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The International Institute for Science, Technology and Education (IISTE) , International Journals Call for papaers: http://www.iiste.org/Journals

The International Institute for Science, Technology and Education (IISTE) , International Journals Call for papaers: http://www.iiste.org/Journals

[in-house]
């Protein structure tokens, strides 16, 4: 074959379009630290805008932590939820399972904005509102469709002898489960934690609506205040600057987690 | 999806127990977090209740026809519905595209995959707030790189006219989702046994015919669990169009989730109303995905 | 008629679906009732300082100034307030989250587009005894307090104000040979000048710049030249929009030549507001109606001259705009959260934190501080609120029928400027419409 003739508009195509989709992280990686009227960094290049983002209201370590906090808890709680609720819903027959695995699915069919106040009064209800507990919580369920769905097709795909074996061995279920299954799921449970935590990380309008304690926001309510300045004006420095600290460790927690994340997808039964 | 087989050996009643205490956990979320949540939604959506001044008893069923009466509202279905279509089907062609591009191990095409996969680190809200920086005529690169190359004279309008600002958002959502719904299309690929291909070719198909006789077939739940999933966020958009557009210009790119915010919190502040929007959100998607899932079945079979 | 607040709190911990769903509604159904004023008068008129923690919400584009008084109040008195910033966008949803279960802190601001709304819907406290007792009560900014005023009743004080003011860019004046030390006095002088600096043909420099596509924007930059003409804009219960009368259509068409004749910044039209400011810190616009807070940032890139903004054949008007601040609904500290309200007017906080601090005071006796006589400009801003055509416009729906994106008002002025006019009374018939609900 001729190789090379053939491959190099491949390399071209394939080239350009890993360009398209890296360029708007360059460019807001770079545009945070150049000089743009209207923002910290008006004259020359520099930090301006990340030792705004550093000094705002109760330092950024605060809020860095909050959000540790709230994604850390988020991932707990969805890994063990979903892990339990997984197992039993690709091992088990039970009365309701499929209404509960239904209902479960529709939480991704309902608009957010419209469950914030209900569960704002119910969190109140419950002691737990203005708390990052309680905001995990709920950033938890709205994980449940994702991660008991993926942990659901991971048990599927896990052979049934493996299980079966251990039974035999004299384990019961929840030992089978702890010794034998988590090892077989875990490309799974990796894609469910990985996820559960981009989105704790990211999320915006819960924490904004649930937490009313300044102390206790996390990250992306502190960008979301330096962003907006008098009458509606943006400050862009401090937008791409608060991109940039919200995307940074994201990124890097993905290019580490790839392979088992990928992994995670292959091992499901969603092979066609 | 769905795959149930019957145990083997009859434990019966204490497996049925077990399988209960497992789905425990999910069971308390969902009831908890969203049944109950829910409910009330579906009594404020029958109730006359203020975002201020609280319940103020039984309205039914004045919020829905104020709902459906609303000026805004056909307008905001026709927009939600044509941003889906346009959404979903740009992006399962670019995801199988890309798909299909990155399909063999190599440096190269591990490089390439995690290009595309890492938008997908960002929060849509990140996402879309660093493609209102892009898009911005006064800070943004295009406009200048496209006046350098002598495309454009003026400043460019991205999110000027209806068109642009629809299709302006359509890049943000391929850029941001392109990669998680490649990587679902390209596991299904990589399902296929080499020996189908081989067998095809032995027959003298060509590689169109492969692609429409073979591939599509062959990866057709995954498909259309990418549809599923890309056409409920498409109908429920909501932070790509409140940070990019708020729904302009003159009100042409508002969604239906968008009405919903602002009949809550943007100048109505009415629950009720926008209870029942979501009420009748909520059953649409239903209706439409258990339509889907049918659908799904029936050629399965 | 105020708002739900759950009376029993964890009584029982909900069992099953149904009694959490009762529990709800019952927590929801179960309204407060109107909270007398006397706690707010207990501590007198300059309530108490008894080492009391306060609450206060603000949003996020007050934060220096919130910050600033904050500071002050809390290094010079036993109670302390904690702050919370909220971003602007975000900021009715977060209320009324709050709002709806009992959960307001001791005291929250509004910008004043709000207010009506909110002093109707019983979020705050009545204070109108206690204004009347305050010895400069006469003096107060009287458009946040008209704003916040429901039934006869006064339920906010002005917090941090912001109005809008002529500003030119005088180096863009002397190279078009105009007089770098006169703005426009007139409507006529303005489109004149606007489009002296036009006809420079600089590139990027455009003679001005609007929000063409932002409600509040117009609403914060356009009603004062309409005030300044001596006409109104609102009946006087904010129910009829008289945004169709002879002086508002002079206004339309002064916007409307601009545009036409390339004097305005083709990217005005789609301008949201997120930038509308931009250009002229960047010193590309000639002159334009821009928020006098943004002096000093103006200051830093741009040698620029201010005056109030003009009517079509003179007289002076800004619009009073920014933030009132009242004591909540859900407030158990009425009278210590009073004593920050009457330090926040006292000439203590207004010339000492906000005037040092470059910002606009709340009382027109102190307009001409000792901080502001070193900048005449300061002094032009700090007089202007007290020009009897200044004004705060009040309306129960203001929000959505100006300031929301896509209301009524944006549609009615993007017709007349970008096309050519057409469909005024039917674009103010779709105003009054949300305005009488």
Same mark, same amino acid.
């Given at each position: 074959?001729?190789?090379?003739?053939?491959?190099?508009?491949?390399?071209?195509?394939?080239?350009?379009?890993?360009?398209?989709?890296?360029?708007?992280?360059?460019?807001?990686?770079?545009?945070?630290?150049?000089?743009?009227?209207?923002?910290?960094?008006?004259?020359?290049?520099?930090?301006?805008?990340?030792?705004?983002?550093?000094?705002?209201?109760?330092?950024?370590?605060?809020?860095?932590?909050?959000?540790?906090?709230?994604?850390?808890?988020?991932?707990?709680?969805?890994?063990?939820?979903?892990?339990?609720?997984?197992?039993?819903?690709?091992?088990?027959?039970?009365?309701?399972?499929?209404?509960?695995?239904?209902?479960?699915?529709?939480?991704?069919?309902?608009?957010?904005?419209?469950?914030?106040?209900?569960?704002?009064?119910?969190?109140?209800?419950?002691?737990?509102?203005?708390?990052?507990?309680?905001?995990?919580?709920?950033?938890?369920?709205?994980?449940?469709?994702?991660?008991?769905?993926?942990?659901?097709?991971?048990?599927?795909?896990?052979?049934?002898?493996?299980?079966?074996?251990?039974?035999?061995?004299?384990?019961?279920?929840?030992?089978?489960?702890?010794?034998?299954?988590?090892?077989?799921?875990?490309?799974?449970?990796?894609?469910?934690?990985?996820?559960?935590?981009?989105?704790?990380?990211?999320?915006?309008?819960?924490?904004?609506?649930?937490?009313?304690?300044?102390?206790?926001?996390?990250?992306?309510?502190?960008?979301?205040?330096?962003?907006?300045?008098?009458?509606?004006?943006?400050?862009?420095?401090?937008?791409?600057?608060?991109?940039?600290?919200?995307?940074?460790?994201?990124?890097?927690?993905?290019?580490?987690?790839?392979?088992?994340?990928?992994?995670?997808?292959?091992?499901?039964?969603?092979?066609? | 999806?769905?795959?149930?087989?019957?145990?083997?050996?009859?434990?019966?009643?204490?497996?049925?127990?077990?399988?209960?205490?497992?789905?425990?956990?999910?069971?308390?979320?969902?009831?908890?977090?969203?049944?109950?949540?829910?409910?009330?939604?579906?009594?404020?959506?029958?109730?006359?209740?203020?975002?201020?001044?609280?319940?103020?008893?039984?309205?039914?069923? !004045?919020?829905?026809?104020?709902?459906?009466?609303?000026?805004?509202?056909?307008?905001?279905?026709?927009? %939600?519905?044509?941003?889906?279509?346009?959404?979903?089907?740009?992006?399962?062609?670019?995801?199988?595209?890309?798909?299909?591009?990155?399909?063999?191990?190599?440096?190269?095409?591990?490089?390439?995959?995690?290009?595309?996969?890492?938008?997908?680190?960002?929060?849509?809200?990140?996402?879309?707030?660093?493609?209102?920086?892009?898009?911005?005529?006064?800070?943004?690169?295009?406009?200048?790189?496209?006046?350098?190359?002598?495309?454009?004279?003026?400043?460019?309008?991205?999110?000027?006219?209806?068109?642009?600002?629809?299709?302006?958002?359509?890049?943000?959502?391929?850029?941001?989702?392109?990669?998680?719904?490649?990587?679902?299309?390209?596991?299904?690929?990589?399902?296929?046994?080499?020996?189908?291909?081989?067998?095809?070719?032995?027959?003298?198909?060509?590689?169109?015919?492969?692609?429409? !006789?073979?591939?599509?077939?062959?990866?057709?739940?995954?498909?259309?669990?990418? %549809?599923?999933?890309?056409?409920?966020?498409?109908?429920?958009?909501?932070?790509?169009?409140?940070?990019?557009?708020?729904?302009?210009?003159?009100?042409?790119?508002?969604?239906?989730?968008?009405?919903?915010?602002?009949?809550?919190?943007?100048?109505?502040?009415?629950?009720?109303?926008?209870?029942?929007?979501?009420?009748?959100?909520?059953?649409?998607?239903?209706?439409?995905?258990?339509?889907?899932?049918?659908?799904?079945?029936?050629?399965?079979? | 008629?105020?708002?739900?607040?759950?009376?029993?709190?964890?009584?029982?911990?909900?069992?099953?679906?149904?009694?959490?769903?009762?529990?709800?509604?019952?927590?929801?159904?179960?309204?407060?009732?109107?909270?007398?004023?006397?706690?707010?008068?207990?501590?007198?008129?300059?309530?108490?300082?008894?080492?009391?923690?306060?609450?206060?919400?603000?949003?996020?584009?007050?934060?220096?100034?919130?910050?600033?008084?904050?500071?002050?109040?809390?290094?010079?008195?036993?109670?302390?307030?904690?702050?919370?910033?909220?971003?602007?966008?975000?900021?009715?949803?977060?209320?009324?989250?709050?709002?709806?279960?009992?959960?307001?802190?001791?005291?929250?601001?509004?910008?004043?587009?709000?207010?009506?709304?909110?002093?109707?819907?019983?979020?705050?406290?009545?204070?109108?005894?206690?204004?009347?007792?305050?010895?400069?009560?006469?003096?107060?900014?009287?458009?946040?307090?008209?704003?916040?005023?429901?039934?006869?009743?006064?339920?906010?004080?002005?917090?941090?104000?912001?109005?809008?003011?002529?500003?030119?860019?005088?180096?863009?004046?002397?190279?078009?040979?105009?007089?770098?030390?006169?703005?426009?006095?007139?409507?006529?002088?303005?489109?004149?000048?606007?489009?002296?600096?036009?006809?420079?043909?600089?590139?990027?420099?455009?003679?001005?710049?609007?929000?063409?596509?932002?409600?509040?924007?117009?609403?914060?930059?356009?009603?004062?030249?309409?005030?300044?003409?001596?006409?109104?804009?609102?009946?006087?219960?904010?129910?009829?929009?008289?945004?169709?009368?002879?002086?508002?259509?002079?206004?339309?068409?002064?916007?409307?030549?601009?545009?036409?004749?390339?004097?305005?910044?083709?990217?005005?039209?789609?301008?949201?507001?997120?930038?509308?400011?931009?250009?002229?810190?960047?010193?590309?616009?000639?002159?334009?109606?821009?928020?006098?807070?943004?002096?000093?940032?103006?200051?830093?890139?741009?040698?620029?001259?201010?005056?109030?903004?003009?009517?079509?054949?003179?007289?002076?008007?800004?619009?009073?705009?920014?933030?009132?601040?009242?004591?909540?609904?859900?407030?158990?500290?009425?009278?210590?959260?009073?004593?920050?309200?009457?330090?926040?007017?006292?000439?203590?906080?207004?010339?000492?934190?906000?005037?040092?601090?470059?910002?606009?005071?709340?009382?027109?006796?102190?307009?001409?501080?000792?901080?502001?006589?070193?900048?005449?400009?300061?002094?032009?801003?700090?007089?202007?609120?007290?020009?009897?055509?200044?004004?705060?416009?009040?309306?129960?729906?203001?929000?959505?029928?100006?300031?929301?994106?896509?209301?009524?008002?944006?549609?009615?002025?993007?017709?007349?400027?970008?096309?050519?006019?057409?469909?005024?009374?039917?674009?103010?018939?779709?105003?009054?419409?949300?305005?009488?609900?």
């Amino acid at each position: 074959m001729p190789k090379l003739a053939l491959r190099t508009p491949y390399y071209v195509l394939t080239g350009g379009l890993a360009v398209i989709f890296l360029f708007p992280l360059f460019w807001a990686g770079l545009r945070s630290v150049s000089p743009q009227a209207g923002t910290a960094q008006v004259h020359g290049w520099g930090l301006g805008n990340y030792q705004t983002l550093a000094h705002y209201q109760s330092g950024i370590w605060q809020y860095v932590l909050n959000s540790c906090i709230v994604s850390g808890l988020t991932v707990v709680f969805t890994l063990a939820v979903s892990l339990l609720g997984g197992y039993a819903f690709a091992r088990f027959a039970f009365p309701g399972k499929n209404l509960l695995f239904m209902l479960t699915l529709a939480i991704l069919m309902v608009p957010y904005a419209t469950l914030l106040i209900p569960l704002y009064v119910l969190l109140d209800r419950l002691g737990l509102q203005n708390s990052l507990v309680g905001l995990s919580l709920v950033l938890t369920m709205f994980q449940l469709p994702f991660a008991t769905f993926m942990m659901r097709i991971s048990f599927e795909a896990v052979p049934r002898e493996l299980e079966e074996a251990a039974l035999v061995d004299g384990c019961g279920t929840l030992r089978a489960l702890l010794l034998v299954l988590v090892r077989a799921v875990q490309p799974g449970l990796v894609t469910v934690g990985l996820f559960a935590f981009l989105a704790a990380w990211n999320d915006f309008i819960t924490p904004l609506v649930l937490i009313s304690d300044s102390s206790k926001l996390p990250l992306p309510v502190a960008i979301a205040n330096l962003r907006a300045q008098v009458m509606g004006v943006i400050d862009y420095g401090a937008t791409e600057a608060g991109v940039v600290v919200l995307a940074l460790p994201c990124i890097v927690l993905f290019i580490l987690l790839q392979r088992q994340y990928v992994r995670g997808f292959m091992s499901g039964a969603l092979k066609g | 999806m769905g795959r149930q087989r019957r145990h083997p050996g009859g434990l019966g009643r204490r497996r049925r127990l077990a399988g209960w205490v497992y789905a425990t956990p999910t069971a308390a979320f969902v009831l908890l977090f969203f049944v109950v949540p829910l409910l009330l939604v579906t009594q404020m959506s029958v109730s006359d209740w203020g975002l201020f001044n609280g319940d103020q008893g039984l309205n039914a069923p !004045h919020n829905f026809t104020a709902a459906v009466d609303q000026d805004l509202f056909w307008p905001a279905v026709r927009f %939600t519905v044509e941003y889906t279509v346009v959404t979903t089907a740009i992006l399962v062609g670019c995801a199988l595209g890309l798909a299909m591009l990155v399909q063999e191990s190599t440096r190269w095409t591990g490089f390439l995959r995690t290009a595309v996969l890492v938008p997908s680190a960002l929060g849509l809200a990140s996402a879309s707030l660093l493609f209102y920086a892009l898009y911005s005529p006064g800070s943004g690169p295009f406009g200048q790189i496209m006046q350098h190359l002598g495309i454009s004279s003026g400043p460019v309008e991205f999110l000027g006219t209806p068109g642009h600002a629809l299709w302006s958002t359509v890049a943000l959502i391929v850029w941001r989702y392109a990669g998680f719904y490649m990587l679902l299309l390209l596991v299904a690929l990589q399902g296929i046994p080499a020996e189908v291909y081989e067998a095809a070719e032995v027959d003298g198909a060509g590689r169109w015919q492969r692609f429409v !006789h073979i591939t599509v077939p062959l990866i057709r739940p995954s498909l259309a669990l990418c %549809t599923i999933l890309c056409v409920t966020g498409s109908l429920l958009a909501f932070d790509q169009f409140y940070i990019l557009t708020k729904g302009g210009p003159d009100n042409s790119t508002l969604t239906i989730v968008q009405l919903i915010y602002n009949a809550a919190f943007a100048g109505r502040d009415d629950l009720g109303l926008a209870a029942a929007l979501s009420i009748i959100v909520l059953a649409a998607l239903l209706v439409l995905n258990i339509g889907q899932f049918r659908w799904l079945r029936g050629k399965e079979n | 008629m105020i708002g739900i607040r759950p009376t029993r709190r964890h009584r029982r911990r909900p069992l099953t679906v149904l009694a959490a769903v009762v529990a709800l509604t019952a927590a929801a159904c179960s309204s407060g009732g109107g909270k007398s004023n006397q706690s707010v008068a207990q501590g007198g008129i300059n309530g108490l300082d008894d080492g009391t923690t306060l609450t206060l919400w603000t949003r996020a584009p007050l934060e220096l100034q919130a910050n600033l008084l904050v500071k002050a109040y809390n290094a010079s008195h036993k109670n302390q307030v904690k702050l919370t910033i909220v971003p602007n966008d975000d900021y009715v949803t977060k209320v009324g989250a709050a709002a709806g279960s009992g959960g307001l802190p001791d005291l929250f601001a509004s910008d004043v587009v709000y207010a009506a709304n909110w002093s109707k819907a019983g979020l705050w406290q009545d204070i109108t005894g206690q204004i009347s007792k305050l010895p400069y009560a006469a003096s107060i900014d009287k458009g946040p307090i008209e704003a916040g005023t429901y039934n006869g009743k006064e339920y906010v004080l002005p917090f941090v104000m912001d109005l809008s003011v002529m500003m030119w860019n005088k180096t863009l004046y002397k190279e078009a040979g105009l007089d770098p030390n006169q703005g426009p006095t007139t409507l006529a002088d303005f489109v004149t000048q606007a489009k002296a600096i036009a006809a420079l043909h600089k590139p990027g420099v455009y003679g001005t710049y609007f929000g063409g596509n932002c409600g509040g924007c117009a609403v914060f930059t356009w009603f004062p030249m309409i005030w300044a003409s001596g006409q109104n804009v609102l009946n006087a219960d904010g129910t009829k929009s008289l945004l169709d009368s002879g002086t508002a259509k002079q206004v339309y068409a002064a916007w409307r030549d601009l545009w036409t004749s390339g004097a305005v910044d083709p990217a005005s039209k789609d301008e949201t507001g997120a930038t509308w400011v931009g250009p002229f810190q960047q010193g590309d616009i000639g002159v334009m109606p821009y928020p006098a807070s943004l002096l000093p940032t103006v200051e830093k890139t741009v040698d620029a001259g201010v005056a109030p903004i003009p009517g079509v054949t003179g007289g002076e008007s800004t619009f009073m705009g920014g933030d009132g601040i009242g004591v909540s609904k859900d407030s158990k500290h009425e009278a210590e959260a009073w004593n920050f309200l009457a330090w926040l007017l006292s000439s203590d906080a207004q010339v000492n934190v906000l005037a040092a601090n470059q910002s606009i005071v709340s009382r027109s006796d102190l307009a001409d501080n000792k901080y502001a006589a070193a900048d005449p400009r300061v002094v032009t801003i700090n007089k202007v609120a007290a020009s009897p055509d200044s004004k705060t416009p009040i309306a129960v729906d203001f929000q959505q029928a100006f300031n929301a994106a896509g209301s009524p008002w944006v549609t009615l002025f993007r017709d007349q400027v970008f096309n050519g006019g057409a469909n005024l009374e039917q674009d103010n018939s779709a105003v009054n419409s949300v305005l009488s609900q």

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  • 1. Journal of Economics and Sustainable Development www.iiste.orgISSN 2222-1700 (Paper) ISSN 2222-2855 (Online)Vol.2, No.4, 2011 Analysis of Profitability of Fish Farming Among Women in Osun State, Nigeria Awoyemi, Taiwo Timothy Department of Agricultural Economics, University of Ibadan, P. O. Box 20583, Ibadan, Nigeria. Tel: +2348029541320 Email: ttawoyemi@yahoo.com Ajiboye, Akinyele John (Corresponding Author) Department of Agricultural Education, Osun State College of Education, PMB 5089, Ilesa, Nigeria. Tel: +2348034885815 Email: ajiboyeakinyele09@gmail.comAbstractThe simple random sampling technique was employed in selecting 62 farmers drawn from the samplingframe obtained from the list of Agricultural Development Programme (ADP) contact farmers in the fourLocal Governments Areas (LGAs) of Egbedore, Olorunda, Ede South and Ife Central, which made up thestudy area. The main instrument for collecting the primary data was structured questionnaire. It is evidentfrom the result is that an average total cost of N371486.35 was incurred per annum by fish farmers whilegross revenue of N791242.52 was realized with a gross margin of N 574314 and a profit of N 419756.17. Therate of return on investment of 0.58 implies that for every one naira invested in Fish production by farmers, areturn of N1.5 and a profit of 58k were obtained. The multiple regression result revealed that fish output wassignificantly determined by pond size, labour used, cost of feeds, cost of lime and cost of fingerlings. Thestudy concluded that fish production in the study area is economically rewarding and profitable.Keywords: Women, Profitability, Fish Farming, Gross Margin, Elasticity.1. IntroductionThe Nigerian fishing industry consists of three major sub –sectors, namely the artisanal, industrial andaquaculture. The awareness on the potential of aquaculture to contribute to domestic fish production hascontinued to increase in the country. This stems from the need to meet the much needed fish for domesticproduction and export. Fish species which are commonly cultured include Tilapia spp, Heterobranchusbodorsalis, Clarias gariepinus, Mugie spp, Chrysichthys nigrodigitatus, Heterotis niloticus,Ophiocephalus obscure, Cyprinus carpio and Megalo spp. Fish culture is done in enclosures such as tanks.The aquaculture sub sector contributes between 0.5% and 1% to Nigeria’s domestic fish production.The rapid increase in population of the world has resulted in a huge increase in the demand for animal protein(which is essentially higher in quality than plant protein). The average protein intake in Nigeria which isabout 19.38/output/ day is low and far below FAO requirement of 65g/ output/day. The nutritionalrequirement is particularly crucial in a developing country such as Nigeria where malnutrition and starvationare the major problems faced by million of rural dwellers .The low protein intake is an indication of shortageof high quality protein food in the diet of Nigerians. The consumption has been estimated to be 1.56267metrictonnes. Tabor (1990). 1